• The outdoor swimming community is incredibly friendly and attracts people of all ages, sexes, shapes, sizes, backgrounds and abilities. By joining a local group or beginning to swim with people you already know, we can build on new and existing friendships

What do you need to get started?

A swimming costume and goggles – of course! It can be useful to have an extra pair of goggles with tinted lenses for sunny days.

A swimming hat – most venues require you to wear a brightly coloured hat so that you are clearly visible. They also help keep your head warm.

A wetsuit – not essential but they do keep you warm and help with buoyancy. There are lots of places you can hire a suit from to see if you like it before committing to buying.

A tow float – a small inflatable float that you attach around your waist. Not essential but they are inexpensive, help with visibility and if you are not wearing a wetsuit give you something to hold onto if you want to stop for a rest.

Warm clothes – It can take a while to warm up after swimming especially if the weather is chilly or windy. Take something warm to wear afterwards. A warm drink also helps!

For more information and to find places to swim:

http://www.outdoorswimmer.com/find/venues

http://www.swimming.org/openwater/

www.outdoorswimmingsociety.com

I have a print above my desk that I glance at from time to time when working. It is entitled “Swim Wild” and has an ink drawing in shades of blue of a lady diving into water next to a poem by Steven Corbett:

“What’s a worry, once you’re in?

Let the lake evaporate all those thoughts on which you cogitate.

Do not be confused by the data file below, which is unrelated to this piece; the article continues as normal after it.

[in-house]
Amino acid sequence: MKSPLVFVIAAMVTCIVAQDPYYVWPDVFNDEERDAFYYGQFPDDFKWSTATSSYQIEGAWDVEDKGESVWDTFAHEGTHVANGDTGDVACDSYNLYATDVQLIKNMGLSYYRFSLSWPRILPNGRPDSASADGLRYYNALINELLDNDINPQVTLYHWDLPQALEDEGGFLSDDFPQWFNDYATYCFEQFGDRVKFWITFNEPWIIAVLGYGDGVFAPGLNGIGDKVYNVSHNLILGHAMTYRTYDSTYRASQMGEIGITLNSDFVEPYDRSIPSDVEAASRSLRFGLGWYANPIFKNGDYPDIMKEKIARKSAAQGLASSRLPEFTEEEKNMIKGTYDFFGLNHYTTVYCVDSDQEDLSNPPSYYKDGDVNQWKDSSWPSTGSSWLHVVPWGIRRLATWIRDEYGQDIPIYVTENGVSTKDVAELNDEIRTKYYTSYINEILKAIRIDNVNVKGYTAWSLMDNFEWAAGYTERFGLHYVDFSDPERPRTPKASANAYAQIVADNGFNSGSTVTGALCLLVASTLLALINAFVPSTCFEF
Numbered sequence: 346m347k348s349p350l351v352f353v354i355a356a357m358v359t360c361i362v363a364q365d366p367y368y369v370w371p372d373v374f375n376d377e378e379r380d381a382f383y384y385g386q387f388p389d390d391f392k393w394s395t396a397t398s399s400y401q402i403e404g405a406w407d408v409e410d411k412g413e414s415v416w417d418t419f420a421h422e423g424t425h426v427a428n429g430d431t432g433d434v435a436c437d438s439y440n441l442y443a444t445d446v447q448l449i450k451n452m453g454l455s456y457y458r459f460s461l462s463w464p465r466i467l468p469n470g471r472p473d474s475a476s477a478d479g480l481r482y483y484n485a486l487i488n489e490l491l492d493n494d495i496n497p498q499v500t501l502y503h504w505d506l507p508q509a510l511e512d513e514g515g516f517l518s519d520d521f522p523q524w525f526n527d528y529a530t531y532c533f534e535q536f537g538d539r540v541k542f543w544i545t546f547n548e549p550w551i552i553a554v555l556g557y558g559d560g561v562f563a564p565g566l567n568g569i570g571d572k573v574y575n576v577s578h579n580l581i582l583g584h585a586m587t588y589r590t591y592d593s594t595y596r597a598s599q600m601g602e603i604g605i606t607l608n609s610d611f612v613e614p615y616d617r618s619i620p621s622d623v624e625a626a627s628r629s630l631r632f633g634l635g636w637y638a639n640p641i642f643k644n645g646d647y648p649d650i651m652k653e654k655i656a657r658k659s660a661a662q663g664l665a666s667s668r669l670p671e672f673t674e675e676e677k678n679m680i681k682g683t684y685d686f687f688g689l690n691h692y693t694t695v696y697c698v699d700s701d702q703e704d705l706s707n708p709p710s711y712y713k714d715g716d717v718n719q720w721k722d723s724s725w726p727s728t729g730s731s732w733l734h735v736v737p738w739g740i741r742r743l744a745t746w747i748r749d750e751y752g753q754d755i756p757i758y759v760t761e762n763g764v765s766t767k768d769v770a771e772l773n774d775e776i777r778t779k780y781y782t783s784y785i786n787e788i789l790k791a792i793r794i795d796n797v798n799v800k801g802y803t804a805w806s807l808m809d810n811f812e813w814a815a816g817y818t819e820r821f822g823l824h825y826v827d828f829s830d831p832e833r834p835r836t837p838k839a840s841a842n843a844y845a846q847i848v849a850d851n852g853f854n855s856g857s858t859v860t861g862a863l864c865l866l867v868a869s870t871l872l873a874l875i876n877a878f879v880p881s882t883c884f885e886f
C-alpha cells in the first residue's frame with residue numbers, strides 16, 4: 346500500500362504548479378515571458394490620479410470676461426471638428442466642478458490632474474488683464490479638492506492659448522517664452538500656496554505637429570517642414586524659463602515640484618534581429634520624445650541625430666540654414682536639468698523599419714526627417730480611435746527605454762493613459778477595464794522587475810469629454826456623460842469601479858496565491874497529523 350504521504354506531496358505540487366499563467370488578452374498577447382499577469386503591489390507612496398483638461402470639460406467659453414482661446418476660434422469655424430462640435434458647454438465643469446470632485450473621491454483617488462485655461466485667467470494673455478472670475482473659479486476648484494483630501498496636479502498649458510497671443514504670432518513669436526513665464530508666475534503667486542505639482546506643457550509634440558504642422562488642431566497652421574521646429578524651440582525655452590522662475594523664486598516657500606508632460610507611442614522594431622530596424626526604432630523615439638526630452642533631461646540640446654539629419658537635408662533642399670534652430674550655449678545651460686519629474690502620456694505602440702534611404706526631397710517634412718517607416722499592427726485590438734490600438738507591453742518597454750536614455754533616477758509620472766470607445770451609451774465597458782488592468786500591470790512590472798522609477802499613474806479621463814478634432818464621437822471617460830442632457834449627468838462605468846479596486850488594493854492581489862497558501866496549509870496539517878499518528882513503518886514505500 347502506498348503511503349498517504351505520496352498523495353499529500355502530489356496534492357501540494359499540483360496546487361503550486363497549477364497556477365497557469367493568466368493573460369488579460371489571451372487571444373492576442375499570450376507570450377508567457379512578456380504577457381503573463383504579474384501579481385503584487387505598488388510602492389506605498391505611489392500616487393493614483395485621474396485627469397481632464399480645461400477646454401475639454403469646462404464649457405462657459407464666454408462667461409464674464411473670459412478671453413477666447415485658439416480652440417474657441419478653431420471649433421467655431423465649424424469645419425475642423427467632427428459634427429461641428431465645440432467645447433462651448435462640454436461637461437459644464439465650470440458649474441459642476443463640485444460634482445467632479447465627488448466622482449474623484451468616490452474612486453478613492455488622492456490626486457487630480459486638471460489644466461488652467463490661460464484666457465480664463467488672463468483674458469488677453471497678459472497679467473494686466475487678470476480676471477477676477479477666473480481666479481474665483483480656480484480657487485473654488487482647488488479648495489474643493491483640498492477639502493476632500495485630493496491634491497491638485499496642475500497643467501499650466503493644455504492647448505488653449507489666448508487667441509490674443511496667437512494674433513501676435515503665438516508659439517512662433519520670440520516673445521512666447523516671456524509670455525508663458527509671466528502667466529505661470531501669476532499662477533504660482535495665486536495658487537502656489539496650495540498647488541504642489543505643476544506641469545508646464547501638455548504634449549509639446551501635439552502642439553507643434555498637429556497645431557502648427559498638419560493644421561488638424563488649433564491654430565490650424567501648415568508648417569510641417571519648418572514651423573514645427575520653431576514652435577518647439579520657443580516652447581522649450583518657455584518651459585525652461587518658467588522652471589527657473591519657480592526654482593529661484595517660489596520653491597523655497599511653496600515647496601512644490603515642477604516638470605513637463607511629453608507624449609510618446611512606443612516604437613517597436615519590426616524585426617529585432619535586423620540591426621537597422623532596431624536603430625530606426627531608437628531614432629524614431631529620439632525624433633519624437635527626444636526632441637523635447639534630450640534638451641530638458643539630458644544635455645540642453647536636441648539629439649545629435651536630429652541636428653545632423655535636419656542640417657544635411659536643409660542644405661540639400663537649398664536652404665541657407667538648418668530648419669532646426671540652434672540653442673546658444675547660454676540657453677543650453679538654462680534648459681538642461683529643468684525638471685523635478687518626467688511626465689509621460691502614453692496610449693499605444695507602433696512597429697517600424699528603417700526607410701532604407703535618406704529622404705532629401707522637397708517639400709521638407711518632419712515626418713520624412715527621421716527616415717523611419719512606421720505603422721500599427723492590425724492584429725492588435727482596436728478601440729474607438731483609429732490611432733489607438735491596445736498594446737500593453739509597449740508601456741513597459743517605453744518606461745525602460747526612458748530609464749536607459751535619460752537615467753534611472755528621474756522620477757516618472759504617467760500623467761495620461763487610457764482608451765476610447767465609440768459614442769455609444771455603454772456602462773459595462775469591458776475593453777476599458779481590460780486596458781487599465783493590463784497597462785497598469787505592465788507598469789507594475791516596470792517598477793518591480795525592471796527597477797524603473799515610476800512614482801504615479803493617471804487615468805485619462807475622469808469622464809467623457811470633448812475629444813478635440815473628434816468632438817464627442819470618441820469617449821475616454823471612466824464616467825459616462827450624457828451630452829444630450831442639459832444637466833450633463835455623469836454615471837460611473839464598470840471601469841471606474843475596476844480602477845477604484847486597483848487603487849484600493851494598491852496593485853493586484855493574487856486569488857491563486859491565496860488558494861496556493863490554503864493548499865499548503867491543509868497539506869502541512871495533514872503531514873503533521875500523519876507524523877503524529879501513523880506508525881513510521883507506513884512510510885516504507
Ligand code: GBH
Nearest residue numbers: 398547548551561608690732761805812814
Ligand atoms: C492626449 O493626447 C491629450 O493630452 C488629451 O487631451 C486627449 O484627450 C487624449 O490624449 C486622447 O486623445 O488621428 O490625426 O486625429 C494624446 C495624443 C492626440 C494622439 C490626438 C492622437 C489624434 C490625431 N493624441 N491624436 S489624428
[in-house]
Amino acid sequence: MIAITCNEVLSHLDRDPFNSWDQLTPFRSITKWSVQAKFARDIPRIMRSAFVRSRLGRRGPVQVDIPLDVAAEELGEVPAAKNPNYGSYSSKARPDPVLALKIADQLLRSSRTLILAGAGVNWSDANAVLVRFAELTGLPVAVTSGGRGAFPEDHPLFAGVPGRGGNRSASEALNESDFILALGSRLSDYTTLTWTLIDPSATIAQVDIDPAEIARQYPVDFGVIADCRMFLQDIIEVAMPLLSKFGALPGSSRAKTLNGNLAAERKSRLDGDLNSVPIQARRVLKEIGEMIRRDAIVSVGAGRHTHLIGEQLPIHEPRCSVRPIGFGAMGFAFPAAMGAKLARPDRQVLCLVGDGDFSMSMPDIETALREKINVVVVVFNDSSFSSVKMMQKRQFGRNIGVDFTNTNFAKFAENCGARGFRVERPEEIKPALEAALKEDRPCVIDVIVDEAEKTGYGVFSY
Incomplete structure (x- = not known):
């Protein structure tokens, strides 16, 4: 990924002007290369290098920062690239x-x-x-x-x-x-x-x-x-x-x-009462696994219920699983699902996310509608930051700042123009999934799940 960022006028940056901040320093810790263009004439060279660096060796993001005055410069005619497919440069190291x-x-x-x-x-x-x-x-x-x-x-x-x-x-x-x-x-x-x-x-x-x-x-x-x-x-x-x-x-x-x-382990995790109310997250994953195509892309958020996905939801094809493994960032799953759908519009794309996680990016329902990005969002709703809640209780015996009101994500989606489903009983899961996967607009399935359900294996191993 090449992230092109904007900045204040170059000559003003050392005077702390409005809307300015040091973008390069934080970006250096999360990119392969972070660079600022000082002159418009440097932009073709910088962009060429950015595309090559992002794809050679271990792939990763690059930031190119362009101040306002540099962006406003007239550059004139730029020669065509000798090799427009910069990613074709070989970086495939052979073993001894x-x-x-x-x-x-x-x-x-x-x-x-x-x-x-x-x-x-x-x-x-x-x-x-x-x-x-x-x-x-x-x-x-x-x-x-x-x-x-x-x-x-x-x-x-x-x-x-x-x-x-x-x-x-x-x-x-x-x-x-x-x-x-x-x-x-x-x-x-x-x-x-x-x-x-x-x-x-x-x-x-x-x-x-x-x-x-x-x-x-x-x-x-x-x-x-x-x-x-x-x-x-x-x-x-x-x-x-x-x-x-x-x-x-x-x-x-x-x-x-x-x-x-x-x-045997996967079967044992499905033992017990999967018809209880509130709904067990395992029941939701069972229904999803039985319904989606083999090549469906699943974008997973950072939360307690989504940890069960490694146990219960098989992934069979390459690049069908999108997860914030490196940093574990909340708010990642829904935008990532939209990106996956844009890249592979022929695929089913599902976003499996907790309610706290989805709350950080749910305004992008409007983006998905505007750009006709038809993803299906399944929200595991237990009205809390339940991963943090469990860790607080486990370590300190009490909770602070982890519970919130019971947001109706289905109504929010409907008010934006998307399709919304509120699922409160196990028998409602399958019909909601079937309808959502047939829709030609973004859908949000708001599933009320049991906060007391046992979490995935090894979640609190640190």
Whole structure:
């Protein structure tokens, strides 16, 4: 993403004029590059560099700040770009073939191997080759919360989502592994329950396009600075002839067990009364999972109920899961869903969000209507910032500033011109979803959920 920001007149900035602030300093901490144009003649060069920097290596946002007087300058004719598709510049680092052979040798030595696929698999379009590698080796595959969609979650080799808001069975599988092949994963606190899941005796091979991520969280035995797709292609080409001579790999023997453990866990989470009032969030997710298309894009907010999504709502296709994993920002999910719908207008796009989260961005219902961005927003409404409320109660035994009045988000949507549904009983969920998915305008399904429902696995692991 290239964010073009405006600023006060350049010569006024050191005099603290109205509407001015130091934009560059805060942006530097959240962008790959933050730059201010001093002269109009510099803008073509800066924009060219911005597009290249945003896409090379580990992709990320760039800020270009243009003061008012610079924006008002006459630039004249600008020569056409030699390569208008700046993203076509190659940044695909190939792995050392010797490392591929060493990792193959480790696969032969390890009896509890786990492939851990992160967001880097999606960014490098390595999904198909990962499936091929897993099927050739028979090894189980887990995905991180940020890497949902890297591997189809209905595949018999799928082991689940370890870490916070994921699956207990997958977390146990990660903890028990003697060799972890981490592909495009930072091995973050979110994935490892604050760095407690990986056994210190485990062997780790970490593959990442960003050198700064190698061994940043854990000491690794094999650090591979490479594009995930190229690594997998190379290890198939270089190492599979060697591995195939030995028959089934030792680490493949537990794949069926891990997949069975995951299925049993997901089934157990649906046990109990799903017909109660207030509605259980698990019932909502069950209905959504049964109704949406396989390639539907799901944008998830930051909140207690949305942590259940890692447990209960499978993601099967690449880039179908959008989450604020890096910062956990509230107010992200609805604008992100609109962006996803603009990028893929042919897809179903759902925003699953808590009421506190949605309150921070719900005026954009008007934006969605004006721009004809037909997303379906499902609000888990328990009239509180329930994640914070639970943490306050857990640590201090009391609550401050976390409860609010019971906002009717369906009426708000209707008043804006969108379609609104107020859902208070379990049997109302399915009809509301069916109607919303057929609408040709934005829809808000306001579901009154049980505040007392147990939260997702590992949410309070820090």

Let the slop chop of arm out, arm in silence that to-do list din.

When crawling through that vast reflected sky do not ask how or why?

Let the world dissolve into the current and the cold.

To your worries (for the moment) become reconciled

Swim free, swim wild”

Every time I read it, I smile and am transported to the lake at Divers Cove – its clear, cool waters and its friendly community of swimmers.

At the beginning of last summer, when we were learning how to navigate our way through this scary, confusing new world of lockdown and social distancing, of empty shelves in shops and hug-free virtual meetings – the lake was my oasis of calm and normality. Something safe, enjoyable, and allowed. Swimming in the lake, I am literally submerged in nature. I feel calm, relaxed, and happy. 

I am not alone in this – in 2020 it is estimated that between 1.5 to 3 times as many people tried Open Water Swimming for the first time. It also seems that swimming outdoors and especially in cold water may be more beneficial for our wellbeing than other forms of exercise.

  • During exercise the body releases endorphins and dopamine which are hormones that promote feelings of happiness and pleasure.
  • Exercising outdoors is even more effective. Research has shown that exercise in blue and/or green spaces increases the positive psychological results of exercise.
  • Immersion in cold water creates a stress reaction in your body, the so -called “fight or flight” mode. However, this reaction reduces after only a few times as the body adapts to the stress. Even better, this reduced reaction will also now apply to other forms of stress, both physical and psychological.
  • The outdoor swimming community is incredibly friendly and attracts people of all ages, sexes, shapes, sizes, backgrounds and abilities. By joining a local group or beginning to swim with people you already know, we can build on new and existing friendships

What do you need to get started?

A swimming costume and goggles – of course! It can be useful to have an extra pair of goggles with tinted lenses for sunny days.

A swimming hat – most venues require you to wear a brightly coloured hat so that you are clearly visible. They also help keep your head warm.

A wetsuit – not essential but they do keep you warm and help with buoyancy. There are lots of places you can hire a suit from to see if you like it before committing to buying.

A tow float – a small inflatable float that you attach around your waist. Not essential but they are inexpensive, help with visibility and if you are not wearing a wetsuit give you something to hold onto if you want to stop for a rest.